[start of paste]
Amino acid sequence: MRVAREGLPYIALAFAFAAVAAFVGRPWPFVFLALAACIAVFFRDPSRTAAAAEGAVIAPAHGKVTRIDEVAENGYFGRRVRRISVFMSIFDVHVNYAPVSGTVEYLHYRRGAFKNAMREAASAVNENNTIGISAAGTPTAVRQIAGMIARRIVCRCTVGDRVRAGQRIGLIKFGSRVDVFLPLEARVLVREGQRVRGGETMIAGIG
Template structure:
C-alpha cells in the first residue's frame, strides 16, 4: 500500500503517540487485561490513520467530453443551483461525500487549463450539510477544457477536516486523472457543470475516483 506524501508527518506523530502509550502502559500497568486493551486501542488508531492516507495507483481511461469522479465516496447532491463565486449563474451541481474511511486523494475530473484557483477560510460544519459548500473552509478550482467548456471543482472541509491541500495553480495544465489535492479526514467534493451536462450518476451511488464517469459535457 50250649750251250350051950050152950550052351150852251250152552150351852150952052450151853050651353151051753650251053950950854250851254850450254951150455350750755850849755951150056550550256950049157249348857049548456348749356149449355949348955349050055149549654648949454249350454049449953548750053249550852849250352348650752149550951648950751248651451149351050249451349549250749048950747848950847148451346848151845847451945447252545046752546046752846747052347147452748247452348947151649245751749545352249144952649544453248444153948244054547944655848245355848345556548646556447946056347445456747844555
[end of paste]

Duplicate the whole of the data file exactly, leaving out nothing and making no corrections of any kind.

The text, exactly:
Amino acid sequence: MRVAREGLPYIALAFAFAAVAAFVGRPWPFVFLALAACIAVFFRDPSRTAAAAEGAVIAPAHGKVTRIDEVAENGYFGRRVRRISVFMSIFDVHVNYAPVSGTVEYLHYRRGAFKNAMREAASAVNENNTIGISAAGTPTAVRQIAGMIARRIVCRCTVGDRVRAGQRIGLIKFGSRVDVFLPLEARVLVREGQRVRGGETMIAGIG
Template structure:
C-alpha cells in the first residue's frame, strides 16, 4: 500500500503517540487485561490513520467530453443551483461525500487549463450539510477544457477536516486523472457543470475516483 506524501508527518506523530502509550502502559500497568486493551486501542488508531492516507495507483481511461469522479465516496447532491463565486449563474451541481474511511486523494475530473484557483477560510460544519459548500473552509478550482467548456471543482472541509491541500495553480495544465489535492479526514467534493451536462450518476451511488464517469459535457 50250649750251250350051950050152950550052351150852251250152552150351852150952052450151853050651353151051753650251053950950854250851254850450254951150455350750755850849755951150056550550256950049157249348857049548456348749356149449355949348955349050055149549654648949454249350454049449953548750053249550852849250352348650752149550951648950751248651451149351050249451349549250749048950747848950847148451346848151845847451945447252545046752546046752846747052347147452748247452348947151649245751749545352249144952649544453248444153948244054547944655848245355848345556548646556447946056347445456747844555